Friday, August 10, 2018

Stop using the word "just" when writing fiction - FICTION WRITING THOUGHTS

I'm half-way through the "final" (in big quotes) round of edits on the big fiction writing project I've been working on for more than 3 1/2 years and I've been amazed at one recurrent thing I've had to fix in nearly every paragraph. The word "just."

Boy have I overused it, killed it, maimed it, demeaned it, and completely abused it. Let me make up an example of how I've been using it it so we're talking about it the same way. The work is basically being presented in script format, not intended to read like pure prose, so there is explanatory exposition for illustrators/animators, so the word "just" is coming up in those sections way too much. For example, I might say:

"So and so walks up to the other person. The other person just slowly opens her eyes, barely making explicit notice of so and so."

Catch it? There was that sneaky word "just." And it's in about every other line of exposition throughout 1200 pages of text! Yikes!

First things first, why was I using it at all? In order to decide how to edit it (and edit it out for the most part) I needed to really understand why it was such a default word for me. The answer proved to be simple. It was about the visual tone I had in my head. How the scene looked. How it played out. The pacing, the subtlety of movement and time and effort and lighting. It wasn't that something happened and bang, another thing happened, and then bang, another thing happened. There was a languid pace with beautiful warm sunset lighting. It was about the slow movements our bodies make. Things were "just" as in "just barely" or "ever so slightly" or "slowly" happening and I wanted to ensure that that mood and character movement was captured in the audience's mind as they read.

The dilemma was this: I am presenting a story for readers in script format when the readers were never really intended to read a script, but instead the intention was for them to read a finished comic or watch an animated show, but knowing those would never come to fruition, I still want to make the project available. My exposition, "staging," and directions to animators/illustrators had to serve a dual purpose of guiding those professionals (as imaginary as they are since I realize nothing will come of this) as well as holding enough value as meaningful prose to someone reading it in script format purely for pleasure. I found that the word "just" had become a quick way of providing information to all parties about the feel. Oh the feels!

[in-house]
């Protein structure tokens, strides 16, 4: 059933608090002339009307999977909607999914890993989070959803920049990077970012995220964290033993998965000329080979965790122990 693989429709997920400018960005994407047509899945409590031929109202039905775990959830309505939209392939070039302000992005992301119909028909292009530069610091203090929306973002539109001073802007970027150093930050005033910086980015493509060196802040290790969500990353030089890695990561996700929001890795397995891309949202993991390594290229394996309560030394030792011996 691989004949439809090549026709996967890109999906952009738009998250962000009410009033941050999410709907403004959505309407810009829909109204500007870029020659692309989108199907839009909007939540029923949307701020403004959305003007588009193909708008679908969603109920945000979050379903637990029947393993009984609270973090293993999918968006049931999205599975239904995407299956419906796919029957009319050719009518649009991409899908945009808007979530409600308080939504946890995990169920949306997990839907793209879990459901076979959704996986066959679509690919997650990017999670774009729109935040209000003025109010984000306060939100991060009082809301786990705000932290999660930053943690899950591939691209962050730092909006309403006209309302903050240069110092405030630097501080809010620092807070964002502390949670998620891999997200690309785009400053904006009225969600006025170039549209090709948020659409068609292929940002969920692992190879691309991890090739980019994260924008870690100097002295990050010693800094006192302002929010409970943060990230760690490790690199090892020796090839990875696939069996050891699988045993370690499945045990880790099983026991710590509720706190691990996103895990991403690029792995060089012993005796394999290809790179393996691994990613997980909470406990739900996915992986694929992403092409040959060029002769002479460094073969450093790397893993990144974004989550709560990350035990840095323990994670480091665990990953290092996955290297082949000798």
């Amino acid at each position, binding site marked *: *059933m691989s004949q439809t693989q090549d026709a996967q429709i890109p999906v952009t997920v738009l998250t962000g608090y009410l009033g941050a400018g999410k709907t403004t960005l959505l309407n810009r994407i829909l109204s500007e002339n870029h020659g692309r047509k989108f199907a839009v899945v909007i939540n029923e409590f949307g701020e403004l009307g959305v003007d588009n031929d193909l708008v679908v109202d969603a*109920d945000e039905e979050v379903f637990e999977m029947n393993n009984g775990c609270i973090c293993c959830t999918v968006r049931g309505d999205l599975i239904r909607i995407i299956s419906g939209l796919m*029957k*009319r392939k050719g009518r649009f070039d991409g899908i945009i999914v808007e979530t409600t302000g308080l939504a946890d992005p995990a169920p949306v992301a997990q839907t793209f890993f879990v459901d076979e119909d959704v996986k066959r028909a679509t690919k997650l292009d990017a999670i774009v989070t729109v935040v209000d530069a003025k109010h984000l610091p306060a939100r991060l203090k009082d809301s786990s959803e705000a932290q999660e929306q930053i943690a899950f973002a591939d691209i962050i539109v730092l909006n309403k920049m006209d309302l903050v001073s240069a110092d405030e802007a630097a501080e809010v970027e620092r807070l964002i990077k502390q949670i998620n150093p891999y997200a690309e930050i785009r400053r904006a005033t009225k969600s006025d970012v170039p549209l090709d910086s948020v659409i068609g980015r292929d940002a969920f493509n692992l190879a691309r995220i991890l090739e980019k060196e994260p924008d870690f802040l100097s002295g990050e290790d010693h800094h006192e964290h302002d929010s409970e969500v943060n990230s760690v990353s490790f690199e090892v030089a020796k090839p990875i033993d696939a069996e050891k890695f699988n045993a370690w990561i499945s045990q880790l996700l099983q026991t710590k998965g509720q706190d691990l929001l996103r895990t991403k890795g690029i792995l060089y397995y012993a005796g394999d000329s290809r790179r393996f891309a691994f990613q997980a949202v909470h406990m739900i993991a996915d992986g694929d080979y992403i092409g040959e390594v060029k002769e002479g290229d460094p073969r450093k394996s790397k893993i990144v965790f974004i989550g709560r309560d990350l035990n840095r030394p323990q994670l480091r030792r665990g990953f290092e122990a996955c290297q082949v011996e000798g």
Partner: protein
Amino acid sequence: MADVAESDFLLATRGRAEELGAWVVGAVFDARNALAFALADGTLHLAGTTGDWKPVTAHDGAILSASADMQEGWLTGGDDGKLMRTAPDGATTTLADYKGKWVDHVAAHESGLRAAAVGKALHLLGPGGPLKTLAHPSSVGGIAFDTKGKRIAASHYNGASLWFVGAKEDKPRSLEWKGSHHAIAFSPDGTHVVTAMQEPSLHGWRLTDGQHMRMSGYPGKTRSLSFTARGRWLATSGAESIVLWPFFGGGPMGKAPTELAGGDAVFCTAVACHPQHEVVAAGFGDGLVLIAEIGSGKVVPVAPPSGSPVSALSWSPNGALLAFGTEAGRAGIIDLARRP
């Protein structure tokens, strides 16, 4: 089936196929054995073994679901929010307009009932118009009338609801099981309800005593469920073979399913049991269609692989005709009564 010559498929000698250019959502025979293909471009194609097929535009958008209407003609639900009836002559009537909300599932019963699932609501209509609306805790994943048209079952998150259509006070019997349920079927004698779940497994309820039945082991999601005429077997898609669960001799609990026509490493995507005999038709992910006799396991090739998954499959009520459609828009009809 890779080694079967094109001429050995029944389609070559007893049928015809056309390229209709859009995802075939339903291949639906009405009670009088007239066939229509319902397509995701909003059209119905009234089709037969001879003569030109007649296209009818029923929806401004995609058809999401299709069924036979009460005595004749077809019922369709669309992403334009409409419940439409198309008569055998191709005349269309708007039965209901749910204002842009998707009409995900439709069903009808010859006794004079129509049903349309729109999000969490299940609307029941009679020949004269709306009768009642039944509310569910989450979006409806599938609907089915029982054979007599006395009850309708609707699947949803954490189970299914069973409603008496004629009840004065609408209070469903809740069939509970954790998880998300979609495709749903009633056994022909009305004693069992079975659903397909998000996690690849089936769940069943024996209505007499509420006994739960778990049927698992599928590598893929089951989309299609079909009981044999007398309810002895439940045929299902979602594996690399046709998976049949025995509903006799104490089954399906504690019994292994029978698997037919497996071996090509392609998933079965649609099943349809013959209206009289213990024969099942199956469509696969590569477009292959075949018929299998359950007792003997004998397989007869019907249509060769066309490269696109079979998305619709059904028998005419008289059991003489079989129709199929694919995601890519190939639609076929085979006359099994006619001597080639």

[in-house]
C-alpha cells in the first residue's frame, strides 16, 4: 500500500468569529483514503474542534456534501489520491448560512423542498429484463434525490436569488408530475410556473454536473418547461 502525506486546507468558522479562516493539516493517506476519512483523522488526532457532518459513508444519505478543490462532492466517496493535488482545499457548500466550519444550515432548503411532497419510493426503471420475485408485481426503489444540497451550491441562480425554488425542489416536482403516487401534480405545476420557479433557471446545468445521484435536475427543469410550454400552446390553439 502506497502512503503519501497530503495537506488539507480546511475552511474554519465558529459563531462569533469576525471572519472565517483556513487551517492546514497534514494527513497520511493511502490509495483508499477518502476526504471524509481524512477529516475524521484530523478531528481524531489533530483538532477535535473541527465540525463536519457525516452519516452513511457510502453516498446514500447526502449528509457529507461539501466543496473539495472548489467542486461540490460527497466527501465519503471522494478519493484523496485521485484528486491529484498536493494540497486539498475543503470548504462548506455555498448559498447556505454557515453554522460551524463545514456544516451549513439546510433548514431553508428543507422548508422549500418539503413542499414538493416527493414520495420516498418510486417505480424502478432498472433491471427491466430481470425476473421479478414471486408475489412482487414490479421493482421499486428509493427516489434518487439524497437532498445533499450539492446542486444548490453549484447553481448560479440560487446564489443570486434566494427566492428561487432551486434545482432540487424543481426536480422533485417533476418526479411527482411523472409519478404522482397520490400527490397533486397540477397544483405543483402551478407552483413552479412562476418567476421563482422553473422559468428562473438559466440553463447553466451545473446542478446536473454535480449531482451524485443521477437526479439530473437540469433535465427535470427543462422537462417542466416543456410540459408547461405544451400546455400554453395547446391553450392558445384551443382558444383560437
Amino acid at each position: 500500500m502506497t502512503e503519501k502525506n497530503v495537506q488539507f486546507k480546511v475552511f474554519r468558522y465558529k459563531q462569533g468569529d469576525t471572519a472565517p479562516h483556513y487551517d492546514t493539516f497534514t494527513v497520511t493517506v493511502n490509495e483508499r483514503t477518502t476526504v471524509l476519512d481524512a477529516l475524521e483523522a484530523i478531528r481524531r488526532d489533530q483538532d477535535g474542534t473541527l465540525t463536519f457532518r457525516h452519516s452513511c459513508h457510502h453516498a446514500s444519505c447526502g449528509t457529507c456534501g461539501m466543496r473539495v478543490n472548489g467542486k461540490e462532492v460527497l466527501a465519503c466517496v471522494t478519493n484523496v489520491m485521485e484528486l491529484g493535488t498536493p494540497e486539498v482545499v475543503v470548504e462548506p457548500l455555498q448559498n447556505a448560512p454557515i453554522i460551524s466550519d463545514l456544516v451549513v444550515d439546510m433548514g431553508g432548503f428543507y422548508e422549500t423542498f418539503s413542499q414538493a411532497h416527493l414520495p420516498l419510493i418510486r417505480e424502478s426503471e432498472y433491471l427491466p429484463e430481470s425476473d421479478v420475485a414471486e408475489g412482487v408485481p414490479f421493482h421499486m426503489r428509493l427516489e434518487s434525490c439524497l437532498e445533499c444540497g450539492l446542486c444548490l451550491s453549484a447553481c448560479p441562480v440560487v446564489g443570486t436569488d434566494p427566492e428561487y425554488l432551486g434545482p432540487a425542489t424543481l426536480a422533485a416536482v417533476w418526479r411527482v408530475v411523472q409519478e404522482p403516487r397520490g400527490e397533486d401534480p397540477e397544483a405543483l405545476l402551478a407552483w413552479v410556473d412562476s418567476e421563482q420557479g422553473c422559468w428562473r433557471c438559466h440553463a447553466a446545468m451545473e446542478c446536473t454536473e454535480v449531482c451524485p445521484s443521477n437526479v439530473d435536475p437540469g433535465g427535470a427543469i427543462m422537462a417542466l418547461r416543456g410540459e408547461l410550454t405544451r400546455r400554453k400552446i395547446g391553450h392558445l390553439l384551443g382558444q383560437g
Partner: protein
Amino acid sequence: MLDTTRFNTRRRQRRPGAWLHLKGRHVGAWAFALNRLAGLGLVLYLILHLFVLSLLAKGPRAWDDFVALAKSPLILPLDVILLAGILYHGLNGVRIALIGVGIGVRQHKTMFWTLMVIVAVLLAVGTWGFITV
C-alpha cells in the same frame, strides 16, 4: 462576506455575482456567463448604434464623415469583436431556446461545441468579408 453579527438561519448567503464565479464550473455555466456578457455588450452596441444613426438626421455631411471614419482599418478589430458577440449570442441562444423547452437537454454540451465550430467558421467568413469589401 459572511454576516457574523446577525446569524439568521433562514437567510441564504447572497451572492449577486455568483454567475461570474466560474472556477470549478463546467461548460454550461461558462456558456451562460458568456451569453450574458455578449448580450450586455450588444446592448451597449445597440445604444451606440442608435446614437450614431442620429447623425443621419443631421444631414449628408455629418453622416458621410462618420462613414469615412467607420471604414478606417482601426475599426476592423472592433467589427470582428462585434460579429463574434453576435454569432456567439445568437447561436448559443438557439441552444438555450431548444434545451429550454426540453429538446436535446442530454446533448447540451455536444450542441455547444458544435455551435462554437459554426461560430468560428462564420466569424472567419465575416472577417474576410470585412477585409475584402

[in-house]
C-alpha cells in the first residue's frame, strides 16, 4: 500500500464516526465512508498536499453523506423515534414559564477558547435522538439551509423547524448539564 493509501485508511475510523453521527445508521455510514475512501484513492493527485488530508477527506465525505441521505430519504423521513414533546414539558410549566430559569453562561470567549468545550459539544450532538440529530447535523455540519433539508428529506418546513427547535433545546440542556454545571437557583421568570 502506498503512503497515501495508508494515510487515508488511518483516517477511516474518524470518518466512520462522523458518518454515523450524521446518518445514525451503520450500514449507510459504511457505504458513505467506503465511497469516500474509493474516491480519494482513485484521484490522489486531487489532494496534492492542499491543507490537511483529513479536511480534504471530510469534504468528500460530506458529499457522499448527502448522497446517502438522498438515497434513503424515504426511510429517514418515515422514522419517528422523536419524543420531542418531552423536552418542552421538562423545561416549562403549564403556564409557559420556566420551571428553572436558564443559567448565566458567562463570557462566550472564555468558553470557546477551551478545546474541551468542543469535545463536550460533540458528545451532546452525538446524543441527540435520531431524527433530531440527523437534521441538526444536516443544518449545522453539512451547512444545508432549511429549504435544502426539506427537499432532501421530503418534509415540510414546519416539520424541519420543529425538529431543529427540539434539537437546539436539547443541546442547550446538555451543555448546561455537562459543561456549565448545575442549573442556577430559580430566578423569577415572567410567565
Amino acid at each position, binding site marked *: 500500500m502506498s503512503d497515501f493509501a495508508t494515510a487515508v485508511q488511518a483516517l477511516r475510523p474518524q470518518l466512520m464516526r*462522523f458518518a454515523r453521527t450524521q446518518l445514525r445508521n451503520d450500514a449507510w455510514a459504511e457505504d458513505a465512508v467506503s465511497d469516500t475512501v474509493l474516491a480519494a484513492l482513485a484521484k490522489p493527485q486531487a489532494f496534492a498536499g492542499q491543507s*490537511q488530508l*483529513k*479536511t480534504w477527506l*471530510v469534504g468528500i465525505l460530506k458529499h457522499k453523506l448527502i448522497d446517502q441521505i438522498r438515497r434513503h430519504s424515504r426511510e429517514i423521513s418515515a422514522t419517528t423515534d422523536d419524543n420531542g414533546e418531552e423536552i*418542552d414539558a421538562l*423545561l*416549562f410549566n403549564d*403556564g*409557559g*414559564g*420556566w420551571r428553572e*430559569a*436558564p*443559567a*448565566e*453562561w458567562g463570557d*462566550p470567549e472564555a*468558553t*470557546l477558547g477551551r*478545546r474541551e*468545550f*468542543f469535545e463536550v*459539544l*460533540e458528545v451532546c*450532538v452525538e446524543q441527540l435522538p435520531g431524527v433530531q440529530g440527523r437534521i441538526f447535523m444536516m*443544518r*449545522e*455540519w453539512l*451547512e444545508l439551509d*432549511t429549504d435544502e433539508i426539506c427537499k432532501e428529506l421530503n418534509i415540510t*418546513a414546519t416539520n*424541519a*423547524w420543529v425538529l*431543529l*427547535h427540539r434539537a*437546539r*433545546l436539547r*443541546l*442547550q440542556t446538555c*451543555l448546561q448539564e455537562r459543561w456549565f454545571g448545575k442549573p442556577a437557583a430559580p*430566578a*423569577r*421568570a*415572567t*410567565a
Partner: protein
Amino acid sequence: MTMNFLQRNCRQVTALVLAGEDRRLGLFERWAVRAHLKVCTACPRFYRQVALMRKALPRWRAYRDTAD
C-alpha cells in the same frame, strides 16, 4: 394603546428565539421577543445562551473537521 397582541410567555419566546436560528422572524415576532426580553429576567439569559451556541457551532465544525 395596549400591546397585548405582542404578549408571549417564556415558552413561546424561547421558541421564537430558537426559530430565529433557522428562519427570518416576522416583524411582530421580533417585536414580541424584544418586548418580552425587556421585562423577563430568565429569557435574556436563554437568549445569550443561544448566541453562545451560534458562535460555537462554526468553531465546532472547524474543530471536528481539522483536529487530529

Now that I understood why it was coming out naturally and effortlessly (like a word on Miralax), it was time to really rethink and get rid of the word "just" in my writing. It was being used way too often. I ultimately kept probably 1 in every 20 occurrences because occasionally it's a beautiful word to do the job. It couldn't be asked to do it alone though.

Here's what ended up happening. Probably (warning: statistics totally made up) about 75% of the time I realized I could simply cut it out and change nothing else in the sentence and it was unnecessary because the dialogue and other things around it implied enough because we're all human and we have imaginations and so we get a lot without needing to have it be explicit. The other 20% (because I kept about 5% of the "just"s) I ended up adding and rewording the exposition sections to add more sensory and emotional cues so that the pacing, lighting, feel, mood, emotion, movement were still explicit but without using the cheat word "just" to do the job.

I'm so glad I did this, but now I'll have to think about (or not) whether when I'm doing initial writing/drafting if I let the word come out on its own and rewrite later, or if I spend time during the initial writing consciously not using that crutch word from the start.

How about you? Any crutch words you use in your writing that bug the crap out of you when you read it later?

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